Effective Communicating: Filtering out the Filth

A crucial but often overlooked part of communication is an individual’s filter – how a message is conveyed and perceived based on a person’s current knowledge, psychological state, and physical condition.1 Disregarding a person’s filter can quickly lead to confusion, embarrassment, or offense. Think of how frustrating and embarrassing it would be that your laundry wasn’t drying even after having run it through the dryer many times, only to find out that you hadn’t checked and cleaned the lint filter. Or think of how surprising and disgusting it would be to one day finding yourself showering in brown water caused by a malfunctioning water filter that you hadn’t been checking and keeping up to date. Just like these examples, if filters are not checked in our communications with others, unexpected and unfavorable outcomes may result.

On the other hand, problems arising from communication can usually be avoided if the speaker, before conveying a message, considers the listener’s filter and then carefully chooses the right words to accurately say what is meant or intended. Additionally, the listener can also employ this skill by considering the speaker’s filter, which is done through thinking of the speaker’s original intent given everything you know about them. This can be vital for students who must sit in class lectures one after the other. Professors are all different, but students are responsible for controlling their side of the filter and considering the professors’ filters in order to get the clearest and best information possible through lectures. The following table might help give an example of some filters to consider in a science lecture:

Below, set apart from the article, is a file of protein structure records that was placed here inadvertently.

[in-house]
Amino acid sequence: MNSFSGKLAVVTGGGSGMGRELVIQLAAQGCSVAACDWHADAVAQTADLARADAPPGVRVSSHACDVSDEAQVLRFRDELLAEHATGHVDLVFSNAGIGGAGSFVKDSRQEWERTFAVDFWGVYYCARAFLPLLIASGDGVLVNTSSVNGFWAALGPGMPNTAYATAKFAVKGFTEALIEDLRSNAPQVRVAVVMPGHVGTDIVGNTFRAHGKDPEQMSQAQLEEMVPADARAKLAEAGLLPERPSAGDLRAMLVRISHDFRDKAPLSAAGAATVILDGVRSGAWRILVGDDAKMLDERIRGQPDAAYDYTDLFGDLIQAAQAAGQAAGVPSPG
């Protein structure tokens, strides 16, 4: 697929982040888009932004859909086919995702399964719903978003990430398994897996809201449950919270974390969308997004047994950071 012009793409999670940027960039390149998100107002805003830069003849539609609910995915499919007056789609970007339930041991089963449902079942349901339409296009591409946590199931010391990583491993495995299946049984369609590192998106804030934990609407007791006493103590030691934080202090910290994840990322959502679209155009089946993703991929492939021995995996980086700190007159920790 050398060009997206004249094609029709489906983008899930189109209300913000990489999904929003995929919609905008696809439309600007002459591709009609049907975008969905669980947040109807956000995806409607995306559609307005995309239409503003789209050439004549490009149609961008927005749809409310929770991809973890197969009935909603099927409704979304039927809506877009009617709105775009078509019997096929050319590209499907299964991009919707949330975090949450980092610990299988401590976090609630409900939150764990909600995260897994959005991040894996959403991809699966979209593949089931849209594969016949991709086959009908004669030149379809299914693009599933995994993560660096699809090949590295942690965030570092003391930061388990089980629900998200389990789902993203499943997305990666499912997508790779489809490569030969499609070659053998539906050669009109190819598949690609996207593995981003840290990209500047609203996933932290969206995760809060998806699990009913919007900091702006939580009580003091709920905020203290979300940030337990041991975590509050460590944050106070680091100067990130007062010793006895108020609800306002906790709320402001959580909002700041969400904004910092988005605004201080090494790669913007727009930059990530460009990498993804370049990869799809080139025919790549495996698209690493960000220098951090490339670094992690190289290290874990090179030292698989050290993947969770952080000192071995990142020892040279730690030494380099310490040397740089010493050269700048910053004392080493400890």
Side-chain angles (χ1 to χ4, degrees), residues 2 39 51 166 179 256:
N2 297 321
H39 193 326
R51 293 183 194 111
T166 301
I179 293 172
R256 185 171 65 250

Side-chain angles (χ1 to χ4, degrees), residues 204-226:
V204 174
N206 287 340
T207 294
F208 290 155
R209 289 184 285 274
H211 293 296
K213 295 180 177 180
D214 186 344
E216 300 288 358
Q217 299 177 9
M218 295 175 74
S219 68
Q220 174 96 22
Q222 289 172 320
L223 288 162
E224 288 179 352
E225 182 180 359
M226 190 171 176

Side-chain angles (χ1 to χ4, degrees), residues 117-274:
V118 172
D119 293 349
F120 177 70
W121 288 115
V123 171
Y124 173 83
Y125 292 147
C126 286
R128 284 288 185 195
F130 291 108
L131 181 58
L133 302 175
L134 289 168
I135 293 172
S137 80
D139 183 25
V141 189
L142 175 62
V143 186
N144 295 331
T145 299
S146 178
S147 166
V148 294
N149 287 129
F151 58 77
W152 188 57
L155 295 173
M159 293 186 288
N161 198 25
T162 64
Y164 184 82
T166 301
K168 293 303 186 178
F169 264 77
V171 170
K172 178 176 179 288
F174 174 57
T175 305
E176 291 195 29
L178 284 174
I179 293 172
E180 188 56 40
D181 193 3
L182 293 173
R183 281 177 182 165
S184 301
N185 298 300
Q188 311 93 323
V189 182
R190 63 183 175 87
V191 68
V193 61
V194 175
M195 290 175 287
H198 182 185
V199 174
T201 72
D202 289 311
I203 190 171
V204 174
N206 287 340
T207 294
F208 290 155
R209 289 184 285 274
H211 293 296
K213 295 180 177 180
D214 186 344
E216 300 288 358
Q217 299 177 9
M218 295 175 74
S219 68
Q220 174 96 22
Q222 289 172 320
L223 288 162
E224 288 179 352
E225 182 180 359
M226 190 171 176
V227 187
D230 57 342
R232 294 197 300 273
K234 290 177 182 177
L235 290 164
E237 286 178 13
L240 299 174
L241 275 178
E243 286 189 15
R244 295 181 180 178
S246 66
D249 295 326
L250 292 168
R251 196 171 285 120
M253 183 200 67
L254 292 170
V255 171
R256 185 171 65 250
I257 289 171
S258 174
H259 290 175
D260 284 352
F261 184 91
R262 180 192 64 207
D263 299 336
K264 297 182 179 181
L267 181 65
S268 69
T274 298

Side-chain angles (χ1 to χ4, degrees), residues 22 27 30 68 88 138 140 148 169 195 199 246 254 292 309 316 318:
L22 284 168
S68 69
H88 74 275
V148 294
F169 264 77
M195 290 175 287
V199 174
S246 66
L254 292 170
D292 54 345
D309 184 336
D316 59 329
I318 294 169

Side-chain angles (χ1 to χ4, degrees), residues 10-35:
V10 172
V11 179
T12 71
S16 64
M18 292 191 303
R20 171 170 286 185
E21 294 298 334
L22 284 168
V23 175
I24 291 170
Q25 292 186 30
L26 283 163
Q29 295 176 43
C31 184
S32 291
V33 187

Types of Filters
Student’s Filter (Listener)
Professor’s Filter (Speaker)
(language, vocabulary, experience, etc.)
-          Do you understand the vocabulary?
-          Do you recognize the format of learning?
-          He’s a scientist and often uses big words that he’s used to
-          He’s from India and English is his second language
Psychological State
(emotions, feelings, attitudes, perspectives, etc.)
-          How do you feel about the course?
-          Are you still upset from something that happened before class?
-          Is your mind filled with other stressors vying for your attention?
-          Maybe he’s nervous about teaching because it’s his first year.
-          He gets really excited about this subject, so he talks really fast
Physical Condition
(illness, disease, disability, etc.)
-          Are you drowsy from lack of sleep the night before?
-          Are you hungry, and thus easily distracted?
-          Do you have a cold making everything miserable?
-          Maybe he pulled an all-nighter taking care of his newborn son
-          Maybe he’s dealing with a cold as well.

There are countless things that affect an individual’s filter, so it takes effort to observe and learn the filters of those who you are communicating with. It’s certainly worth the effort, though, to remove the possibility of mistaken negativity. If you want additional points to consider, feel free to check out this article by Greenleaf Counseling Services on communication filters.2 So, filter out the filth in your interactions, and happy communicating!

1.       Curtis, Anthony. “The Media of Mass Communication.” University of North Carolina at Pembroke. 2011.  <http://www2.uncp.edu/home/acurtis/Courses/ResourcesForCourses/MediaOfMassCommunication.html>.

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